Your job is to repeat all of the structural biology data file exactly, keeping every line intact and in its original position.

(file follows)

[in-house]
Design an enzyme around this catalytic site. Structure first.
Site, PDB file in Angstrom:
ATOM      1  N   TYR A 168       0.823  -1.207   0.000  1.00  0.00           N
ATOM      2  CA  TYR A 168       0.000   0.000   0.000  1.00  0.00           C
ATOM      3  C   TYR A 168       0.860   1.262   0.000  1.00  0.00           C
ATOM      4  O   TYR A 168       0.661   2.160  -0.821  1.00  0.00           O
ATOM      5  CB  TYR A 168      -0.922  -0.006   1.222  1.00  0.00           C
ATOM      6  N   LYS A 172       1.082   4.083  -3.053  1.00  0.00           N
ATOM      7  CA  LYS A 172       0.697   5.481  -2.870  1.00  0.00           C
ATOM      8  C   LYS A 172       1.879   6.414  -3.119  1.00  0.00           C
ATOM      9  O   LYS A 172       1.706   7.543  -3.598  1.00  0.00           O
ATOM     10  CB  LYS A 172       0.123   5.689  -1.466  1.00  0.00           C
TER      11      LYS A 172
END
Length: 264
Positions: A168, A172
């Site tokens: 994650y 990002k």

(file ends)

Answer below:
[in-house]
Design an enzyme around this catalytic site. Structure first.
Site, PDB file in Angstrom:
ATOM      1  N   TYR A 168       0.823  -1.207   0.000  1.00  0.00           N
ATOM      2  CA  TYR A 168       0.000   0.000   0.000  1.00  0.00           C
ATOM      3  C   TYR A 168       0.860   1.262   0.000  1.00  0.00           C
ATOM      4  O   TYR A 168       0.661   2.160  -0.821  1.00  0.00           O
ATOM      5  CB  TYR A 168      -0.922  -0.006   1.222  1.00  0.00           C
ATOM      6  N   LYS A 172       1.082   4.083  -3.053  1.00  0.00           N
ATOM      7  CA  LYS A 172       0.697   5.481  -2.870  1.00  0.00           C
ATOM      8  C   LYS A 172       1.879   6.414  -3.119  1.00  0.00           C
ATOM      9  O   LYS A 172       1.706   7.543  -3.598  1.00  0.00           O
ATOM     10  CB  LYS A 172       0.123   5.689  -1.466  1.00  0.00           C
TER      11      LYS A 172
END
Length: 264
Positions: A168, A172
């Site tokens: 994650y 990002k």